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Salon Event No. 6 - Christmas Exhibition - 7th December to 28th January 2010

Tuesday, 7 December 2010 - 6:00pm - 9:00pm

Our final exhibition in the Salon Event series for 2010 presents the work of four contemporary printmakers, showing a diverse range of theme, process and practice. This selection presents bold, playful and thoughtful interpretations of traditional printmaking from artists based in the north-west of England, exhibiting nationally and internationally.

Tony Knox is synonymous for the performance of his character of 'Mothman' a faded superhero and pseudo wrestler. The performances of this character are explored in different contexts from Grand Pro Wrestling rings to gallery spaces and international residencies, and earlier this year ‘Mothman’ travelled to India, these adventures are depicted through comic books.

Tony Knox enters into situations as an artist and photographer and the results blur the edges between the art world and popular culture. For this exhibition he shows a set of screen prints presenting themes of icon. Along with making these works Tony seeks out and documents meetings between him and his subjects- comediennes of past and present fame. This act excavates both the layers of celebrity and the bold and playful colour schemes at work in the prints.

Further information on the artist and his current research can be attained by contacting the artist at or +44(0)7908575211

Paula Smithson’s practice as an artist focuses on printmaking and the intricate labour of the handmade. Paula utilises strategic collage techniques, passionately assembled to make detailed collagraph printing blocks that come to life with the application of colour.  
In the Salon Event her work presents lavish culinary illustrations, interspersed with intervening characters extracted from Preston’s Harris Museum collection of artefacts. Source materials are also discarded yet precious objects inspired by a combination of visits to charity shops, museums and stately homes.

Cakes, crockery and tableware play both hero and villain in Paula’s prints. Drama and a tragic narrative play a central role. Desire, temptation and guilt are underpinning themes, the preparation of food for entertainment, pleasure and anticipation, along with the enjoyment of indulgence and guilty pleasures.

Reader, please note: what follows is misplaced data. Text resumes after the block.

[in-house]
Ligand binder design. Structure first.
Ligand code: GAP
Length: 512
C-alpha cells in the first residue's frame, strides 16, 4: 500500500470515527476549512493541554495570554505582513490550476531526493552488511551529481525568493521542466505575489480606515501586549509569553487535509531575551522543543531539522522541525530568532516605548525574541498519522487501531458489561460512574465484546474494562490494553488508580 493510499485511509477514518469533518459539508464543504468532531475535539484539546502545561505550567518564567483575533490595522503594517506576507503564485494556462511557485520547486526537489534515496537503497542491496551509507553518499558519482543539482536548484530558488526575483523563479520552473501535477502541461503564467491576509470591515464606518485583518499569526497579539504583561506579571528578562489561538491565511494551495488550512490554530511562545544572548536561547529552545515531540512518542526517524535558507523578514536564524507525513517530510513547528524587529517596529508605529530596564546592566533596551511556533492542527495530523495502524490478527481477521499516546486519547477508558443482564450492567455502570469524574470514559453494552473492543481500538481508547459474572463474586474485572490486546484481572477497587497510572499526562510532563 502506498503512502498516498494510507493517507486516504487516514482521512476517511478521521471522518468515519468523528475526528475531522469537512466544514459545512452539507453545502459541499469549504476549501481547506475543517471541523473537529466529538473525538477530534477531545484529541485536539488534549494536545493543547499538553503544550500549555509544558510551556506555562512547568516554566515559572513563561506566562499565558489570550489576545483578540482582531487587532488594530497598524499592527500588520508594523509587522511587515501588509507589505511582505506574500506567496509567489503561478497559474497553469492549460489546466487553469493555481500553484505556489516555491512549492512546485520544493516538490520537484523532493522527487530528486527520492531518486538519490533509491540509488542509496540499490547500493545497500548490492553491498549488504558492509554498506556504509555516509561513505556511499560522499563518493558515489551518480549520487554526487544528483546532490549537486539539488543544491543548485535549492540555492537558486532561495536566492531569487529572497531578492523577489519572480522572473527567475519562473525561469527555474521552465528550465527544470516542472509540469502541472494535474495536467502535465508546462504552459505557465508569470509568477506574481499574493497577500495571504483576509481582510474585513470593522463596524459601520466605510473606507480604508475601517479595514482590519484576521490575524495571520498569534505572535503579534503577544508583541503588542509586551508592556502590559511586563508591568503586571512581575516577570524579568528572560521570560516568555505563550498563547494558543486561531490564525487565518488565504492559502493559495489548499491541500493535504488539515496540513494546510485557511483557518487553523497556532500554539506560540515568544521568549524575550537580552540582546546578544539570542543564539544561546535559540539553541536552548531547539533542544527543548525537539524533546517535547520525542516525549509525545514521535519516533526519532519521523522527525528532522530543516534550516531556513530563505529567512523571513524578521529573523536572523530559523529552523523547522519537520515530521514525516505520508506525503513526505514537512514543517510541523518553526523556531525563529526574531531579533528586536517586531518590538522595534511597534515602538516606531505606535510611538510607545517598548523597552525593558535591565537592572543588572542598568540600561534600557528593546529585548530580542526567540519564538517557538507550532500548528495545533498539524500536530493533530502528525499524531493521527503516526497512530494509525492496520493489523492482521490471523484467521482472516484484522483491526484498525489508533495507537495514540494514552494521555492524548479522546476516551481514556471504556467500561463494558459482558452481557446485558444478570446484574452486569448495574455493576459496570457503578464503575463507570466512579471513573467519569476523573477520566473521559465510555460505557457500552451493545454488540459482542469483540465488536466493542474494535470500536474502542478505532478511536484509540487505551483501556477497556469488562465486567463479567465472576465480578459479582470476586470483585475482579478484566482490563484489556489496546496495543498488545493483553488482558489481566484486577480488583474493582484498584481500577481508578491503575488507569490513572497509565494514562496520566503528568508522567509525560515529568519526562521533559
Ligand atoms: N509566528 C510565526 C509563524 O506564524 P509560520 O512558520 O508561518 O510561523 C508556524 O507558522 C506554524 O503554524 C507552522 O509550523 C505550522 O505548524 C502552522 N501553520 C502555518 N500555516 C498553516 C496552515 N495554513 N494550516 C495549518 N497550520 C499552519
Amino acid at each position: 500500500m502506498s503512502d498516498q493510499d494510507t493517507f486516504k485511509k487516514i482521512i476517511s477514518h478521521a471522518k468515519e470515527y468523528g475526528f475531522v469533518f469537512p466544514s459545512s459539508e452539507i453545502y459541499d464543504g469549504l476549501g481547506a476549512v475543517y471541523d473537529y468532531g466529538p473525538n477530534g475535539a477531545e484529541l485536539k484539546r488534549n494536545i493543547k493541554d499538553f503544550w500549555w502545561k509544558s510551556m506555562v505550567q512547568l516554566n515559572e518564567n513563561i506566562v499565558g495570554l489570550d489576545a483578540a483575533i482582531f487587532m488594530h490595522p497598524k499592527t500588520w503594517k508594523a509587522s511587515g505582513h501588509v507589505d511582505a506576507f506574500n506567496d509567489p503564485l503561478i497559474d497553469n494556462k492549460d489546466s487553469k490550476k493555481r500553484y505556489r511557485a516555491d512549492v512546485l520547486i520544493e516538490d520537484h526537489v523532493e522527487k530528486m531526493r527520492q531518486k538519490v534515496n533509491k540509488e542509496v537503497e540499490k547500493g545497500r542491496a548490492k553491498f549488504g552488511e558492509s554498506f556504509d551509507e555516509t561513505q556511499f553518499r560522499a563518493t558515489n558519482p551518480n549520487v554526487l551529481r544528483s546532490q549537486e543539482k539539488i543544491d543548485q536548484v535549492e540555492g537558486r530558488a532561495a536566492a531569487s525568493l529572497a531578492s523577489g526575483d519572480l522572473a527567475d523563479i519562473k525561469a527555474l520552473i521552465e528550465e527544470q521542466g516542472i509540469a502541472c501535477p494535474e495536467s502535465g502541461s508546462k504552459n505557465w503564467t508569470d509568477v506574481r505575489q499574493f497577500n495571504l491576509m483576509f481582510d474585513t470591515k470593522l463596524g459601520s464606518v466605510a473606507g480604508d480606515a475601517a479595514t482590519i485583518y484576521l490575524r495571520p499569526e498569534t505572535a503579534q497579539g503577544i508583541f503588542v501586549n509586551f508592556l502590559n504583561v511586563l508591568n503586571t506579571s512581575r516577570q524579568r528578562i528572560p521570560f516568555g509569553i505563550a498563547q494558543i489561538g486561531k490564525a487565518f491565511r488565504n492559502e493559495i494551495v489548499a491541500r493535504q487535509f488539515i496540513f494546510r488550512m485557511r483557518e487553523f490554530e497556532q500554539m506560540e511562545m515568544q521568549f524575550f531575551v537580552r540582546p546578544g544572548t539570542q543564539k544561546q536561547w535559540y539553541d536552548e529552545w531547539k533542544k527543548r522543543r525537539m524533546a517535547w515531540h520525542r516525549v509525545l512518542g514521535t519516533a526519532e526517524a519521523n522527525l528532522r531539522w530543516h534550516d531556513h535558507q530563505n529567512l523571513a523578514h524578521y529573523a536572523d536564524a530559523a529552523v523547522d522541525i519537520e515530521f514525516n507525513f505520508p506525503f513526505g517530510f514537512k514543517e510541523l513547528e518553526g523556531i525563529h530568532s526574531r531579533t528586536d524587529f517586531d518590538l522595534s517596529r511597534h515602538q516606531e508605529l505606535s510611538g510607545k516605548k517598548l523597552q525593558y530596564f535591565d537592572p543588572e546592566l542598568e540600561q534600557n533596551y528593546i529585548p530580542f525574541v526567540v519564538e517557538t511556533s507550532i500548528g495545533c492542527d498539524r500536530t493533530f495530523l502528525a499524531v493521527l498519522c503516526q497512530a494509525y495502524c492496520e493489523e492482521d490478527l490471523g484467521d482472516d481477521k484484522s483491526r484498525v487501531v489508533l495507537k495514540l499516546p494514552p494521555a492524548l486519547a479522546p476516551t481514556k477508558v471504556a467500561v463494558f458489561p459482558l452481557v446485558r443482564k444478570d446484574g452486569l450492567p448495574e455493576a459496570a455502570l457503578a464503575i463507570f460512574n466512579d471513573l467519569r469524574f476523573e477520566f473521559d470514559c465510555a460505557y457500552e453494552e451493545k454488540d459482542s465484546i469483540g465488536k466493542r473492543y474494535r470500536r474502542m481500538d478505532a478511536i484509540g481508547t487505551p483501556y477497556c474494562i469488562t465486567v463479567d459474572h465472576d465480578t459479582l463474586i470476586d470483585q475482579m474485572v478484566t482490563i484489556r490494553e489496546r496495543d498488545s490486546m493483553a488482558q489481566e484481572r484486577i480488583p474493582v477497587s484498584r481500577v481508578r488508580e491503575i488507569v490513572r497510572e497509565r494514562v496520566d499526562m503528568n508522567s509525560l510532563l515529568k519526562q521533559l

Magda Stavarska- Beavan often combines print based work with sound and moving image. This initiates a conversation between traditional printmaking process and advancing digital technologies. The connection between thought, language and communication is central to Magda’s practice and questions how language can affect our cultural identity? In print based work this is often explored through text as visual notation.

The piece exhibited touches upon feelings of inclusion and confusion through its use of the International Phonetic Alphabet- a visual composition of symbols designed to represent qualities of speech. Here the viewer may seek out familiarities, to be met with a code. The only way to break the code is to utter the sounds out loud. By hearing their own voice, the viewer can decode the narrative.

The typographical arrangements and ephemeral qualities in Magda’s work conjure memories of play, conversation and bilingual language exchanges. The narrative in the text is not the most important aspect of the work, but the process of exclusion and finding the key.


David Henckel Recently commissioned to produce interactive digital wallpaper for ipad, David’s prints continue to embark on an ever morphing playful path, treading between design and fine art. The work displayed was born out of his award winning AA2A residency at UCLan, and marks a shift in interest from character and drawing based work to that derived from random mark making and the collaborative action of others.

David has extracted marks from surfaces such as a tabletop covered in scratches and cuts made by hundreds of cutting actions. This serves as a record of the everyday activity of life in a communal workshop. These traces re-occur in screen prints; they take on a new life and interact with overlaid images of handmade models made by David using shaving foam. In his piece ‘The Ambassadors Reception’ the shaving foam models of skulls seek to reference anamorphic tricks of the eye made in a painting by Holbein entitled “The Ambassadors” featuring a distorted skull. Initiating a playful exchange between ‘low’ and ‘high’ technologies, and ‘low’ and ‘high’ art.



Artists featured in this exhibition are members of the Art Lab Contemporary Print Studio at the University of Central Lancashire. For further information please visit:

This project was curated by Kathryn Wheatley and Lisa Wigham as Associate Artists for They Eat Culture. For further information on the curated projects please contact: